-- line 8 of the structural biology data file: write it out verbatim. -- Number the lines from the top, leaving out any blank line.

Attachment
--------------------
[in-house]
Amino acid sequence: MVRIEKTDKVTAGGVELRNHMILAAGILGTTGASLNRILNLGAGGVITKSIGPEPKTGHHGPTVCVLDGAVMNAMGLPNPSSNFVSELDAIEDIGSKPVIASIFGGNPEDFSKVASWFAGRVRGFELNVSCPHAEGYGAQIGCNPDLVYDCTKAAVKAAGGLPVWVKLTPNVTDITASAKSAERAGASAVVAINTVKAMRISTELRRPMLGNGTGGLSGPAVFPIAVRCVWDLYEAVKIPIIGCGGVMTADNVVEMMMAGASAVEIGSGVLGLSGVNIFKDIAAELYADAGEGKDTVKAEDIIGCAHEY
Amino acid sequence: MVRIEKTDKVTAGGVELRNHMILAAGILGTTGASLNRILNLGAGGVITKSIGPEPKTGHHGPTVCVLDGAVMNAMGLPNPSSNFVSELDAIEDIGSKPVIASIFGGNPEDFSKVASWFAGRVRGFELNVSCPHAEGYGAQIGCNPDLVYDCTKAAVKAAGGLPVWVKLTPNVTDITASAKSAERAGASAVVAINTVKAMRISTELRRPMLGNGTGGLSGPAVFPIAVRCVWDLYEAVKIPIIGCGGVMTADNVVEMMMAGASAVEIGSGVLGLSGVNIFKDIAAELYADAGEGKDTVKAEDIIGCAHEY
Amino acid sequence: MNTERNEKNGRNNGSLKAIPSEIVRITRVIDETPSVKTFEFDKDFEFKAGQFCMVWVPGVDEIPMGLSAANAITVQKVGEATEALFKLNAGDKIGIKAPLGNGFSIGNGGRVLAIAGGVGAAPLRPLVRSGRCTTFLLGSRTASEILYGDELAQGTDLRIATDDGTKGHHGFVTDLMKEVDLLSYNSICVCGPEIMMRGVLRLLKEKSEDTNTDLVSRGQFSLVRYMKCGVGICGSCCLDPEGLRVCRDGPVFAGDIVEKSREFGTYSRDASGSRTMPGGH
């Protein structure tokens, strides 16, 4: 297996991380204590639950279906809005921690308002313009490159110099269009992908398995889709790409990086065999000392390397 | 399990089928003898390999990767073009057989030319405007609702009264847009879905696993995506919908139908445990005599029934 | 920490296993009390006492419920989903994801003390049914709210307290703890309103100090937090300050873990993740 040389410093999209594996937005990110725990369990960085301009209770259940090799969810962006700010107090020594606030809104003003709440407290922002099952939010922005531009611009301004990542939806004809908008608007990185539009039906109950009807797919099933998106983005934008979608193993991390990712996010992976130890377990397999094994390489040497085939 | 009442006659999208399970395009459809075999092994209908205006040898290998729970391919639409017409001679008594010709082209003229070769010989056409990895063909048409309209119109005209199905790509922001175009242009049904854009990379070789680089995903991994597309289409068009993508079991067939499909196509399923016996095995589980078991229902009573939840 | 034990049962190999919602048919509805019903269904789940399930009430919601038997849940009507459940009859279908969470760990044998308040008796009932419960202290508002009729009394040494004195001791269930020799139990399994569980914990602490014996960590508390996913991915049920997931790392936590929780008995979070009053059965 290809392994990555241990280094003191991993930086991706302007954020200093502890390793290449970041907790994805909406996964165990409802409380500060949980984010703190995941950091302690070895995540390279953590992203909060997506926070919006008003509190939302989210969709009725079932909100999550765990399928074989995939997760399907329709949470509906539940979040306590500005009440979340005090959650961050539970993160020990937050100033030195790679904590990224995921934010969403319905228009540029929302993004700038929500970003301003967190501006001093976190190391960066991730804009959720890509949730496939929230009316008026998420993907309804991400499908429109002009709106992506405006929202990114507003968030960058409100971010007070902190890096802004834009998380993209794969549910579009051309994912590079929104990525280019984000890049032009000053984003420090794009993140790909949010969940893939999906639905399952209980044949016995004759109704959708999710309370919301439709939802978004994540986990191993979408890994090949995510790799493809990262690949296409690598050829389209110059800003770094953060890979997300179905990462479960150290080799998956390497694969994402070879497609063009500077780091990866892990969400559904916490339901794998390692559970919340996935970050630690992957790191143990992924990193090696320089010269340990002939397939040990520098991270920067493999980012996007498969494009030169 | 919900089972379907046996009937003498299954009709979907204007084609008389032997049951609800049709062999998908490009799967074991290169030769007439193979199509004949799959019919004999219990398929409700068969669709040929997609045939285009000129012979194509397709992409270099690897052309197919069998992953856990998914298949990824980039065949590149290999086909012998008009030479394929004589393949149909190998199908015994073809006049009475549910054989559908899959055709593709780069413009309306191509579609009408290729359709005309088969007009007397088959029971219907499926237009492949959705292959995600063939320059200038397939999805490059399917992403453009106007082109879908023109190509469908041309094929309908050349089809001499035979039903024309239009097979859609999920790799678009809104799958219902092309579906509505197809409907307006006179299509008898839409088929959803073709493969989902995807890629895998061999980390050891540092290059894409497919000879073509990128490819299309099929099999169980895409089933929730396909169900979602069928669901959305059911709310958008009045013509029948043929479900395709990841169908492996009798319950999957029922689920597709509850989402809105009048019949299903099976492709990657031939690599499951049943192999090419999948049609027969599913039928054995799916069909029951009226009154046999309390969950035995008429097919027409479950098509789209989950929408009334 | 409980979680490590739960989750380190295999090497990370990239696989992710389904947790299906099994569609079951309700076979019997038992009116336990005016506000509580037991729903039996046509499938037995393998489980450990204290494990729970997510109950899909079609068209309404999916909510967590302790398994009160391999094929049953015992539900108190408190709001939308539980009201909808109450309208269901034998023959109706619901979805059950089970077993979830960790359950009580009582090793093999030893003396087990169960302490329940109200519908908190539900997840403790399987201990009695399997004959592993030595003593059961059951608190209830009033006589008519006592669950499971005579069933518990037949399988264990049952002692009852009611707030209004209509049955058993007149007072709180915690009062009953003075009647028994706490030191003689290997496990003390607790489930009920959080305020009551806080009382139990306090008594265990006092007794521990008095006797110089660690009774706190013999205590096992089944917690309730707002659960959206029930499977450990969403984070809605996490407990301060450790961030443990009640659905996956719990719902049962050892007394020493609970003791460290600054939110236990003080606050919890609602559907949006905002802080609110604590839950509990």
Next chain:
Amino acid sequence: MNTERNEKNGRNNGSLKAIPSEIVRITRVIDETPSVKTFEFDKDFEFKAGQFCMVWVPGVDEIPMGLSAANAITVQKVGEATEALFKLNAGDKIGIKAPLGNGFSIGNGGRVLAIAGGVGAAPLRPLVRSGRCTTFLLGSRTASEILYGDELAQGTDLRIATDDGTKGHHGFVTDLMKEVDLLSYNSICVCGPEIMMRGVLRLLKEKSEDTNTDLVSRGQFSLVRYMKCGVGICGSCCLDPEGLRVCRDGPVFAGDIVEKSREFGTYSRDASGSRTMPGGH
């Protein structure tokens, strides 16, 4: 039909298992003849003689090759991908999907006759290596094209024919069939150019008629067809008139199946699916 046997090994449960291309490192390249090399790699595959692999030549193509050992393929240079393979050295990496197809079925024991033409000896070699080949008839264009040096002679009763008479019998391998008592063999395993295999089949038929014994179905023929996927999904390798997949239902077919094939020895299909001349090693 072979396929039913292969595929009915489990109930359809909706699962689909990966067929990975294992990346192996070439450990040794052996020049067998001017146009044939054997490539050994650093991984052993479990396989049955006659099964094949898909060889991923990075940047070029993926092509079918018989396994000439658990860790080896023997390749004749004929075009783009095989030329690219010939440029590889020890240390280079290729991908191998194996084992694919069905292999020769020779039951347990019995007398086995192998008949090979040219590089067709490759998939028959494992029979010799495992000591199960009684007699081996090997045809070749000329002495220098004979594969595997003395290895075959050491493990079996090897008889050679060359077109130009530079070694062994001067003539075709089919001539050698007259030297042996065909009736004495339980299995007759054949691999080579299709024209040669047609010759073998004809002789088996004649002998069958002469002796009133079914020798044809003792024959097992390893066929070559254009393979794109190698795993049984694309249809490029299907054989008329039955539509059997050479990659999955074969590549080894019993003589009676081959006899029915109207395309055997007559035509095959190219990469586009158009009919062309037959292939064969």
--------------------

């Protein structure tokens, strides 16, 4: 039909298992003849003689090759991908999907006759290596094209024919069939150019008629067809008139199946699916 046997090994449960291309490192390249090399790699595959692999030549193509050992393929240079393979050295990496197809079925024991033409000896070699080949008839264009040096002679009763008479019998391998008592063999395993295999089949038929014994179905023929996927999904390798997949239902077919094939020895299909001349090693 072979396929039913292969595929009915489990109930359809909706699962689909990966067929990975294992990346192996070439450990040794052996020049067998001017146009044939054997490539050994650093991984052993479990396989049955006659099964094949898909060889991923990075940047070029993926092509079918018989396994000439658990860790080896023997390749004749004929075009783009095989030329690219010939440029590889020890240390280079290729991908191998194996084992694919069905292999020769020779039951347990019995007398086995192998008949090979040219590089067709490759998939028959494992029979010799495992000591199960009684007699081996090997045809070749000329002495220098004979594969595997003395290895075959050491493990079996090897008889050679060359077109130009530079070694062994001067003539075709089919001539050698007259030297042996065909009736004495339980299995007759054949691999080579299709024209040669047609010759073998004809002789088996004649002998069958002469002796009133079914020798044809003792024959097992390893066929070559254009393979794109190698795993049984694309249809490029299907054989008329039955539509059997050479990659999955074969590549080894019993003589009676081959006899029915109207395309055997007559035509095959190219990469586009158009009919062309037959292939064969």